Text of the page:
Apple TV

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What now seems like long ago, I hacked my Xbox to run a program called Xbox Media Center (XBMC). It allowed playback of music, pictures, video, and other media without the need of a PC, and it was awesome.

My wife likes to monopolise the living room TV, which is the main display for the majority of our media devices. Last week I broke down and picked up another second generation Apple TV for my office so I can watch Netflix. Sure there are other cheaper alternatives like Roku, or paying the $60 Gold subscription to Microsoft, but they can’t run my beloved XBMC.

XMBC is still awesome, so needless to say it’s time we “upgrade” the new ATV.

The first step is to save our SHSH info using TinyUmbrella software. This allows for the potential downgrade of firmware back to whatever was shipped from factory. This new unit was running 4.4.4 which is current for the time of this post.

After saving the SHSH info it is now time to jailbreak the device. A few different programs can accomplish this but owning a Mac I prefer using FireCore’s Seas0npass software. The latest version supports an untethered jailbreak of the 4.4.4 firmware and worked just fine.

Next, I have to SSH into the newly liberated device and install XBMC. I first made sure all the existing non-apple software was up to date, then a simple ‘apt-get install’ later and I was back to watching TV.

The last thing to do is to make sure all the new updates did not get erased by blocking auto-update from Apple. Easy enough.

Sony Vaio VGN-P698E

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My wife wanted a Windows Tablet for Christmas. The main reasons were the need to run actual Microsoft Outlook, and for it to fit in her purse. I wasn’t going to pay nearly $1000 for the already outdated tablet technology, or the mound of accessories needed to make it useful (docking station, bluetooth keyboard, etc.)

Luckily I have a strong UMPC background to pull from and started to look at alternatives. The purse size constraint eliminated all netbooks, but I knew from experience she would need a real keyboard that was large enough to touch type, or come close. For business applications my Fujitsu U820 was adequate, but the 1gig ram and slow 60gb hard drive were definite performance killers.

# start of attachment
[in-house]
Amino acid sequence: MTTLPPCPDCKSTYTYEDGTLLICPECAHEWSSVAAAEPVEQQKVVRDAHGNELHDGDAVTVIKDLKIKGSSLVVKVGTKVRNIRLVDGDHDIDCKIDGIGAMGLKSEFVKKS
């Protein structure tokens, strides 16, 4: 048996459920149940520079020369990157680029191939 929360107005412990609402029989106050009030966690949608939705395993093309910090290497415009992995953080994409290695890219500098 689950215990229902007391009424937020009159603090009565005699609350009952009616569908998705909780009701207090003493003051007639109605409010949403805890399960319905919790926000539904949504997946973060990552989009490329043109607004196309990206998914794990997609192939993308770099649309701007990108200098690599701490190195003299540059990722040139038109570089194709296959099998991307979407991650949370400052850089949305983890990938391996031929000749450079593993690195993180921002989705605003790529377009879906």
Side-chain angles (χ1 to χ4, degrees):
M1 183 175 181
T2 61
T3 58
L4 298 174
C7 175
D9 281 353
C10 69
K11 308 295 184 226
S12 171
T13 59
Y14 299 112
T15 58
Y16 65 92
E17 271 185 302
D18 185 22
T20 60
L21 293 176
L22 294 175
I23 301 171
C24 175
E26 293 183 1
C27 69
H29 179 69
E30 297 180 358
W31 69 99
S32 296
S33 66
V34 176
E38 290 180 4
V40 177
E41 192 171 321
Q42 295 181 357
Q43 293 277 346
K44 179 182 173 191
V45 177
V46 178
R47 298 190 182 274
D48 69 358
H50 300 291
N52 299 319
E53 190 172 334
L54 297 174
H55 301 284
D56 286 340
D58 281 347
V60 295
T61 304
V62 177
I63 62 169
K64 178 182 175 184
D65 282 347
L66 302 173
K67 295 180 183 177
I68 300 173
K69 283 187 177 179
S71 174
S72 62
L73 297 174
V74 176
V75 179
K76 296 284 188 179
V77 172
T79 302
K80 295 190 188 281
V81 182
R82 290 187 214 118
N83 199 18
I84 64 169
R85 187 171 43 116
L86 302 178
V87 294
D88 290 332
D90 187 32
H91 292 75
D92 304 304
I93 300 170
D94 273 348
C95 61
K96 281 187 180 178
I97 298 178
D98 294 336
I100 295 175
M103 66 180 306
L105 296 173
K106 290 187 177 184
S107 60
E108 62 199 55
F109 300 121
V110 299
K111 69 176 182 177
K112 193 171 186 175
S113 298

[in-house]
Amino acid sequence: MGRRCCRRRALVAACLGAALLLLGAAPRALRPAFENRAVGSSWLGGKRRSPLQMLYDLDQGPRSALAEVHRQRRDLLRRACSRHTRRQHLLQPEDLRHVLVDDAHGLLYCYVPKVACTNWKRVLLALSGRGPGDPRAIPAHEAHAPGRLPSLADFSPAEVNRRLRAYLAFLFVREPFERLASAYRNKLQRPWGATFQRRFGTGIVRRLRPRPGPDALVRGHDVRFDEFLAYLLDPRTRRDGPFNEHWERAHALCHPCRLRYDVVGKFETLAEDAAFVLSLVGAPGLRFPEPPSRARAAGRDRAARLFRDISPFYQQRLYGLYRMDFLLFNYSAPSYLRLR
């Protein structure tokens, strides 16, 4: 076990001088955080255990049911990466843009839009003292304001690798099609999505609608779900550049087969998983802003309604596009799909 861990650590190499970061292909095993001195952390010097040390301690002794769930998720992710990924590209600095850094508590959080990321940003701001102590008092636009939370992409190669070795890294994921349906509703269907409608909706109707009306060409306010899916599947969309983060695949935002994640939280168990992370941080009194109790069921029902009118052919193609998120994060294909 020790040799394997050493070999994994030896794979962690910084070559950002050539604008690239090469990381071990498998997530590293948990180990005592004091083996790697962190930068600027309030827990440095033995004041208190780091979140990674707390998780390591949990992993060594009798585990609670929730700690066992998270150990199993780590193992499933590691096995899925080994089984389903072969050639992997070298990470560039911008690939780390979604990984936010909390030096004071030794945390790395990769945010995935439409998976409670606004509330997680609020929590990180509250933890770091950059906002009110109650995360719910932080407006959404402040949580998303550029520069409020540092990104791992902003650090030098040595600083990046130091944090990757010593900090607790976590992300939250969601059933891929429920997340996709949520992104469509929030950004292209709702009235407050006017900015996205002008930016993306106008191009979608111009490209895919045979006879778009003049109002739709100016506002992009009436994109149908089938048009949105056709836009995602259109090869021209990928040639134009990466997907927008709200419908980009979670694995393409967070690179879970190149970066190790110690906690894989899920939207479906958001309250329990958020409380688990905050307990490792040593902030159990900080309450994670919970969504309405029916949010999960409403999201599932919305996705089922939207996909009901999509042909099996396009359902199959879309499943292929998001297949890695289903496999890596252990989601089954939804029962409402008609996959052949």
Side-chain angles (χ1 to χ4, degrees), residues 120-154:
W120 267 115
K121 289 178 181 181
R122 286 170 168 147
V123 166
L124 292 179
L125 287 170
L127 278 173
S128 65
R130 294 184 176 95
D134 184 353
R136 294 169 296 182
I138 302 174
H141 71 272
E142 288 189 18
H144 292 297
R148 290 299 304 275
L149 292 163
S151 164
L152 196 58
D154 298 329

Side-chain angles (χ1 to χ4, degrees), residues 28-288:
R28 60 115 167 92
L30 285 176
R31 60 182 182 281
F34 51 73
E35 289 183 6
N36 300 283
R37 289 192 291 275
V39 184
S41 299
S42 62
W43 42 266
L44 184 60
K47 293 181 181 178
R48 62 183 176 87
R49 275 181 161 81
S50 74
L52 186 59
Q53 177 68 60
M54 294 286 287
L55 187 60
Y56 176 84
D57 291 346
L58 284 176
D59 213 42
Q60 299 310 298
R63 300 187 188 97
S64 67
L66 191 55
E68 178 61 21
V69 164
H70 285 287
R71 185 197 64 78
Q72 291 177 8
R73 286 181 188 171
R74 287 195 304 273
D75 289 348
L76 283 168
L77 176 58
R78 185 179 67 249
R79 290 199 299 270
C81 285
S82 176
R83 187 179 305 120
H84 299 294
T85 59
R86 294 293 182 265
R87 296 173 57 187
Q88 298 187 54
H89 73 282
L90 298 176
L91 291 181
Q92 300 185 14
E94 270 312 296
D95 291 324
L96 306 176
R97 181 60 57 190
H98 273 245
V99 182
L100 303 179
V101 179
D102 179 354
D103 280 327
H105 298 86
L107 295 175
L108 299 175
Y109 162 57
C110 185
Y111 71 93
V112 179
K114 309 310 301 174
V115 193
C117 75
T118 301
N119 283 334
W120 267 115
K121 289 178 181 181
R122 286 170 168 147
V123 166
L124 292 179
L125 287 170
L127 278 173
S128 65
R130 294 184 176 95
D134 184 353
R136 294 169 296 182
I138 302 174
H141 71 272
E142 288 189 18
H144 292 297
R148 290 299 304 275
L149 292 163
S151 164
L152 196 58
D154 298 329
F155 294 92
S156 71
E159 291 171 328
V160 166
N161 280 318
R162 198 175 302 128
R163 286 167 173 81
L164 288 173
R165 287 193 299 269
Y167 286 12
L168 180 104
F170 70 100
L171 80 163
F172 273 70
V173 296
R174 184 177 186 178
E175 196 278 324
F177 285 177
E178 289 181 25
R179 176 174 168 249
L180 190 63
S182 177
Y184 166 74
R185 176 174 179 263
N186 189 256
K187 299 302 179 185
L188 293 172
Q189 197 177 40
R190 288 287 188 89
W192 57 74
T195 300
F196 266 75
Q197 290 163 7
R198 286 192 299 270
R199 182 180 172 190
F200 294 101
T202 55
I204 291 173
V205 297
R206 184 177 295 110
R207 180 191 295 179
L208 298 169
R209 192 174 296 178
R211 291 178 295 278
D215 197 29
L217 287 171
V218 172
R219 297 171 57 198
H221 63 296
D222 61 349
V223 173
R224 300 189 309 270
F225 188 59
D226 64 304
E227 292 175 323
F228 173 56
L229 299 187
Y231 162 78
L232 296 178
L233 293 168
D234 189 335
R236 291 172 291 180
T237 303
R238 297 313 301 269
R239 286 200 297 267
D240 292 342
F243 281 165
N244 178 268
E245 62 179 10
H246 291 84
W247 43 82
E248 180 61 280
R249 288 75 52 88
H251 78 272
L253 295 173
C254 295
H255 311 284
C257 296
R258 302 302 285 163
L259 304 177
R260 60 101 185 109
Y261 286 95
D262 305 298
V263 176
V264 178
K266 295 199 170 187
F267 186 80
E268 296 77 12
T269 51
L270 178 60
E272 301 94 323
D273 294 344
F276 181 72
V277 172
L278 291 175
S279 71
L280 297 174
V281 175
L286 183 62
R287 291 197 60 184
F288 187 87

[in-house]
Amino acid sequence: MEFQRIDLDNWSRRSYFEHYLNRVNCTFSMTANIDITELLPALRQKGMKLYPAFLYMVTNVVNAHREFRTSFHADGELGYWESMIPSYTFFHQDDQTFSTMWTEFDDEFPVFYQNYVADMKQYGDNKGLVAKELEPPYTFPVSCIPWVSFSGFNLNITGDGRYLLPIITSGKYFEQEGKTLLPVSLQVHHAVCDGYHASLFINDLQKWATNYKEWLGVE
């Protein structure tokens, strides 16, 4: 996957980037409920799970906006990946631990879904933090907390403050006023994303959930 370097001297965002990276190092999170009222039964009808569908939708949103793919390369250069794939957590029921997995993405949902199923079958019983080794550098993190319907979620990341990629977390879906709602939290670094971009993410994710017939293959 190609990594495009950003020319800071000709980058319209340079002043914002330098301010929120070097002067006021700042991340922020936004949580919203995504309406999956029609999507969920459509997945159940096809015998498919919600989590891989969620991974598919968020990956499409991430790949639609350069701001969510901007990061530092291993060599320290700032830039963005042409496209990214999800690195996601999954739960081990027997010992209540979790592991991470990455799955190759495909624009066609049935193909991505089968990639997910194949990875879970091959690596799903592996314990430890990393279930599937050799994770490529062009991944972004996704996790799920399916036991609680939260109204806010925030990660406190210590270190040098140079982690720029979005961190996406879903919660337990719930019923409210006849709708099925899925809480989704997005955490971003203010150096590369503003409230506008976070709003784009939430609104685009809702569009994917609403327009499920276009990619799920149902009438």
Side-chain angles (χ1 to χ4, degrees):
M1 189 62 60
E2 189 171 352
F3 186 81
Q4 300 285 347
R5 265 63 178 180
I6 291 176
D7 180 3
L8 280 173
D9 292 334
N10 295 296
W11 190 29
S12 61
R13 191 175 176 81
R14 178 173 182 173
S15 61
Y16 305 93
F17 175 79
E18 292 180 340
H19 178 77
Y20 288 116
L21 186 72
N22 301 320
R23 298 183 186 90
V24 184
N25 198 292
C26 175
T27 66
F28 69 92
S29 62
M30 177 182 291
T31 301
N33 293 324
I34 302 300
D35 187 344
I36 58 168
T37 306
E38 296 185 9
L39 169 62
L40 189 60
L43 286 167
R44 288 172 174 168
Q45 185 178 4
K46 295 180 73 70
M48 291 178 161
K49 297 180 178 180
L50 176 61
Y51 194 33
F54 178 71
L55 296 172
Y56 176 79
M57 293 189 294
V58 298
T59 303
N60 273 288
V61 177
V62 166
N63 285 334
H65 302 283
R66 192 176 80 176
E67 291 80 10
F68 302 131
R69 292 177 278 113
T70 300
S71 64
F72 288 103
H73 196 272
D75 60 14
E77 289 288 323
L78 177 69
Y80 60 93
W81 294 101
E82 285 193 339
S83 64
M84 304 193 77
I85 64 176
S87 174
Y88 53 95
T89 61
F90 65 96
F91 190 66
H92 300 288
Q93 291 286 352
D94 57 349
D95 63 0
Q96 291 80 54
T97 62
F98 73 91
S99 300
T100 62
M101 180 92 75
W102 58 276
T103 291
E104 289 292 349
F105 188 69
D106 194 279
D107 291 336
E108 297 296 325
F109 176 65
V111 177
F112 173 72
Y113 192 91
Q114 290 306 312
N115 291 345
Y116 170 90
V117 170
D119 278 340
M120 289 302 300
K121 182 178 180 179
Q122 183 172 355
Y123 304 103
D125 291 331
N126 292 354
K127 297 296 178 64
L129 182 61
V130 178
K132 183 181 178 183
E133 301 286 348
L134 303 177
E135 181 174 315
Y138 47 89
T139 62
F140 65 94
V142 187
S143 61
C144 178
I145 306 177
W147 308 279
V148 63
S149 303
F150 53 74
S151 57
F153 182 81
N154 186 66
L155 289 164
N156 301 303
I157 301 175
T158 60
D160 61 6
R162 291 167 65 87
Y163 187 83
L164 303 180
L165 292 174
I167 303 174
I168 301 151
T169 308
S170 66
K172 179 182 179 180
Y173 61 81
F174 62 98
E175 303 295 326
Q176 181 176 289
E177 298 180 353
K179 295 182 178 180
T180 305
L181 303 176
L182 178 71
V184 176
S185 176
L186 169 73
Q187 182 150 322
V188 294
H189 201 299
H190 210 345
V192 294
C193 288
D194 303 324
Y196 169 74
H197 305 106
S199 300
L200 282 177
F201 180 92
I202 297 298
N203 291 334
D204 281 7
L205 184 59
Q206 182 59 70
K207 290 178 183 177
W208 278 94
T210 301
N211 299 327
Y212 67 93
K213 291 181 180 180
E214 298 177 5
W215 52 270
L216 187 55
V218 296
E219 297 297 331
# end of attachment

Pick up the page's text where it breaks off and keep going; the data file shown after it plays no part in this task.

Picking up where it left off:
I always wanted a Sony Vaio P, but the release price was out of my budget. The P698E specification was identical to the U820 but with 2gig ram and 128gb ssd standard. At less than half the cost of any tablet I took a chance and ordered … TWO! Couldn’t let the wife have a superior toy, right?

We are both very pleased with the unit. She uses hers more often then a core2duo desktop which speaks volumes to its capability. Battery life was my only disappointment, clocking in at just about two hours. I will probably buy the extended size replacement for hers, which will increase that time to the five hour mark. Mine is my only Windows 7 machine, but it wasn’t a needed purchase so its use has been low. It does run well enough I can justify selling my other UMPC/Netbooks without regret.

MySQL Control Center

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A friend asked me to recommend a GUI interface to help with MySQL database tasks. I started using MySQL Control Center on some old version of Fedora long ago and really haven’t had the need to find something better.

There is a Windows port ready to download, and it is real easy to compile from source for Ubuntu. I only needed to add qt3-apps-dev along with the standard build-essential package for it to work.

Sony PSP

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Sony PSP

So with all the talk about the PlayStation Vita release I took the time to dust off my old PSP and run some updates. There are still a few games I haven’t played that IGN put in their top 25 list, and a couple others that need to be finished.

For those following along, I actually did get a deal on a white PSPgo that I carried in my pocket for a while. For me that was it’s only advantage, so when at home I still use the PSP-3000.

Snow Leopard in VirtualBox

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So it seems Oracle is doing pretty good after taking over VirutalBox. I was for the first time able to make a guest OS X machine from a retail DVD which runs on both a Linux and Windows host. The only modification was to the .vbox XML file as follows:

<ExtraDataItem name=”GUI/LastCloseAction” value=”powerOff”/>
<ExtraDataItem name=”GUI/LastGuestSizeHint” value=”1024,768″/>
<ExtraDataItem name=”GUI/LastNormalWindowPosition” value=”119,101,1024,810″/>
<ExtraDataItem name=”VBoxInternal2/SmcDeviceKey” value=”ourhardworkbythesewordsguardedpleasedontsteal(c)AppleComputerInc”/>

The original guide I used can be found here.